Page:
And the same songs can mean vastly different things to different people because of where, when and how you hear them. Those people on the late-night love song requests all sending out the same songs to different lovers for different reasons… I think that’s why you gotta give pop music credit sometimes … here is a medium that can apply uniquely and deeply to THAT many people over time. It might be the ONLY artform that can claim that complete, accessible and intimate an effect.
And then there are people who write and perform, who go on to appreciate a song for a million other reasons. We run our hands over the perfect joints of verses like appreciating a magnificent table built by another carpenter. Just because we know how to build doesn’t mean we can’t be constantly made to stand in awe of people who stopped merely building at some point and became “craftsmen” … the likes of which we aspire to be one day. I think that’s where rob and I and our divergent musical tastes definitely come together in appreciation of bands and writers like We’re About 9 and Richard Shindell. And it’s not the ornate writers … no, the real respect goes out to the rare and gifted who find magic in the most mundane … who manage to say something integral to the human experience simply and elegantly, and cut to the heart of that which you see and feel every day and could never quite explain yourself. As Brian Gundersdorf sings in is ode to the Sunday morning IHOP, “I always have the grilled cheese, but I always have the crisis.”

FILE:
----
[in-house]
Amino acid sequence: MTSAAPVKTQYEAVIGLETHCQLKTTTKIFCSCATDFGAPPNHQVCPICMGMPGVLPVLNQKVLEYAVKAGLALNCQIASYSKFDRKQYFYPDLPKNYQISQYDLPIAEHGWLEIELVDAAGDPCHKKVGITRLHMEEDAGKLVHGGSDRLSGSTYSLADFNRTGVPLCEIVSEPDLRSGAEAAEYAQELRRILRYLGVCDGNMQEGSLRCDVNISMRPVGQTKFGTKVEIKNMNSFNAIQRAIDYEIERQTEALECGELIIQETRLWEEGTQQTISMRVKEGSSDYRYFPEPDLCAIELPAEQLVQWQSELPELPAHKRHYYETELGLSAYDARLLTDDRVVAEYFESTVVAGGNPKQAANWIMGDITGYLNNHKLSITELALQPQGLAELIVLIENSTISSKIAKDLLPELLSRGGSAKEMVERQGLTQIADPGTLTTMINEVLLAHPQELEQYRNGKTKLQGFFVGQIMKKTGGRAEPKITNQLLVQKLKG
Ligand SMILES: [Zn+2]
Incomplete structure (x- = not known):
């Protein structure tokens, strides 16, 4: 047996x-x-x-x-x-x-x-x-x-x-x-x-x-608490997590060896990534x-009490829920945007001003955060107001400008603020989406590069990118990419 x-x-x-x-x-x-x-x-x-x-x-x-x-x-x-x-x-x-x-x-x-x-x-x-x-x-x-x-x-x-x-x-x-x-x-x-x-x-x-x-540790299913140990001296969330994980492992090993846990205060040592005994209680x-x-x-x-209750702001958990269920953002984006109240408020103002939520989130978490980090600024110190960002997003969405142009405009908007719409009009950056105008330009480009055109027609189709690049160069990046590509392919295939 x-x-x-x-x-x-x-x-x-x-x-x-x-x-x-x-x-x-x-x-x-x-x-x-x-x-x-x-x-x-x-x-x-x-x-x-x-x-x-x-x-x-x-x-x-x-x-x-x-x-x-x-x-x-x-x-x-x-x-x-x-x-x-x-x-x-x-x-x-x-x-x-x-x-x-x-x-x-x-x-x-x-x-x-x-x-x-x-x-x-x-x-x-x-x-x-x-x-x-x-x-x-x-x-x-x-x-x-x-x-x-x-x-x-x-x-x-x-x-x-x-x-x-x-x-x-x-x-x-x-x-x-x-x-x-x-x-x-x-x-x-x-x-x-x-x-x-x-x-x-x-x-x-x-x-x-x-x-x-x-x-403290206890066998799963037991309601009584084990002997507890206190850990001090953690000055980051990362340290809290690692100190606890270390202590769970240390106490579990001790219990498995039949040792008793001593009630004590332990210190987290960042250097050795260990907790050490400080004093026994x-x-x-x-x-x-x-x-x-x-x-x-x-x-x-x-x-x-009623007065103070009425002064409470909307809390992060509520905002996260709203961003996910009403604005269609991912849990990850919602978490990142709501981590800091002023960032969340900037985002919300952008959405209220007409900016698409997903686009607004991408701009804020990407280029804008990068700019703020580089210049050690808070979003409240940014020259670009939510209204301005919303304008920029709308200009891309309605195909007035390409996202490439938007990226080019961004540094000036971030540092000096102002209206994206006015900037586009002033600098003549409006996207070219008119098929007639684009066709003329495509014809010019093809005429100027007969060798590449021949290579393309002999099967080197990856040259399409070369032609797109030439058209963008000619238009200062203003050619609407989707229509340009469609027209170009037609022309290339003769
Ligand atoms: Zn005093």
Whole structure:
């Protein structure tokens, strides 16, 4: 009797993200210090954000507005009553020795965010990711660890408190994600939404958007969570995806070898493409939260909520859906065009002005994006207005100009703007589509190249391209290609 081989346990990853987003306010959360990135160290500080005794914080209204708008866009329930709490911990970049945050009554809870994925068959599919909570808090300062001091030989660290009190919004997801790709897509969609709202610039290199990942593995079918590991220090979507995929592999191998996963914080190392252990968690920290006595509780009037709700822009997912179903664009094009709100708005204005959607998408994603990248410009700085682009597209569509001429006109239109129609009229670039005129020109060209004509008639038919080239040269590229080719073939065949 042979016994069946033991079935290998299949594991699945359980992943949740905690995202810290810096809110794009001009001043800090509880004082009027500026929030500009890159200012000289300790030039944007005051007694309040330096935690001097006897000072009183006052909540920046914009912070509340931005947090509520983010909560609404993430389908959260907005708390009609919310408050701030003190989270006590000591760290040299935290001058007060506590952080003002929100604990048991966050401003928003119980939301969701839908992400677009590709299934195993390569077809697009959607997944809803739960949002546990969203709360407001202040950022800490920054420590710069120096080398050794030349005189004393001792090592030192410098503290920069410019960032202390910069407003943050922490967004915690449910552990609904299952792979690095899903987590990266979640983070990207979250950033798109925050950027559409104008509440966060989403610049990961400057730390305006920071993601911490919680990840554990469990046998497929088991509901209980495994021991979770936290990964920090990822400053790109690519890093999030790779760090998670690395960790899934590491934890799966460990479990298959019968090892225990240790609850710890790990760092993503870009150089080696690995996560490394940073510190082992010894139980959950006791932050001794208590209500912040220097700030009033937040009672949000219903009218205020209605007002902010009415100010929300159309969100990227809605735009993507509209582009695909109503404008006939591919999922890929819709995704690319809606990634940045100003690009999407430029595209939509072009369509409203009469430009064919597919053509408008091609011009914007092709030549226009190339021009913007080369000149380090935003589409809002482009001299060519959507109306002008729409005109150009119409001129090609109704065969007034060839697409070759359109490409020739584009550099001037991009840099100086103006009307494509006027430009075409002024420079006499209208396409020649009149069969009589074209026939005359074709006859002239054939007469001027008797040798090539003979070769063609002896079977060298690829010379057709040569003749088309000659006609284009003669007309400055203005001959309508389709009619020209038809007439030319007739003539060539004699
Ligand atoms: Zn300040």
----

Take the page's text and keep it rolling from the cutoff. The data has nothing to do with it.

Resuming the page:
And then sometimes I like to listen to Britney Spears and I really admire the complex harmony line of an N-Sync song (“Girlfriend”).- THAT’s what’s great about the love of music and letting it affect you in whatever way it wants to. Sometimes it makes you sad, and you love it because you want something to find that part of you. Sometimes you want the perfect song to match your cross-country drive. Sometimes you want to put on some hip hop and dance with a hairbrush in your bedroom.
I forget that people care about how I write, how rob writes. That we are, for some other people, what those other songwriters are for us. Music makes us all equal, and we are all fans of SOMEBODY, no matter what tier we reach. Dylan is in awe of someone, Brian Gundersdorf is in awe of Richard Shindell, I am still in awe of rob, so it would follow that someone out there might be in awe of me. I have very little egotism about my songwriting, and my status as an “artist.” But recently I made of “present” of a detailed song explanation to one of the e-bay sponsors who bought my song. As a second-time sponsor, I felt like I should give her something, and she’d expressed how much the limited information about the song she had fascinated her and prompted her bid.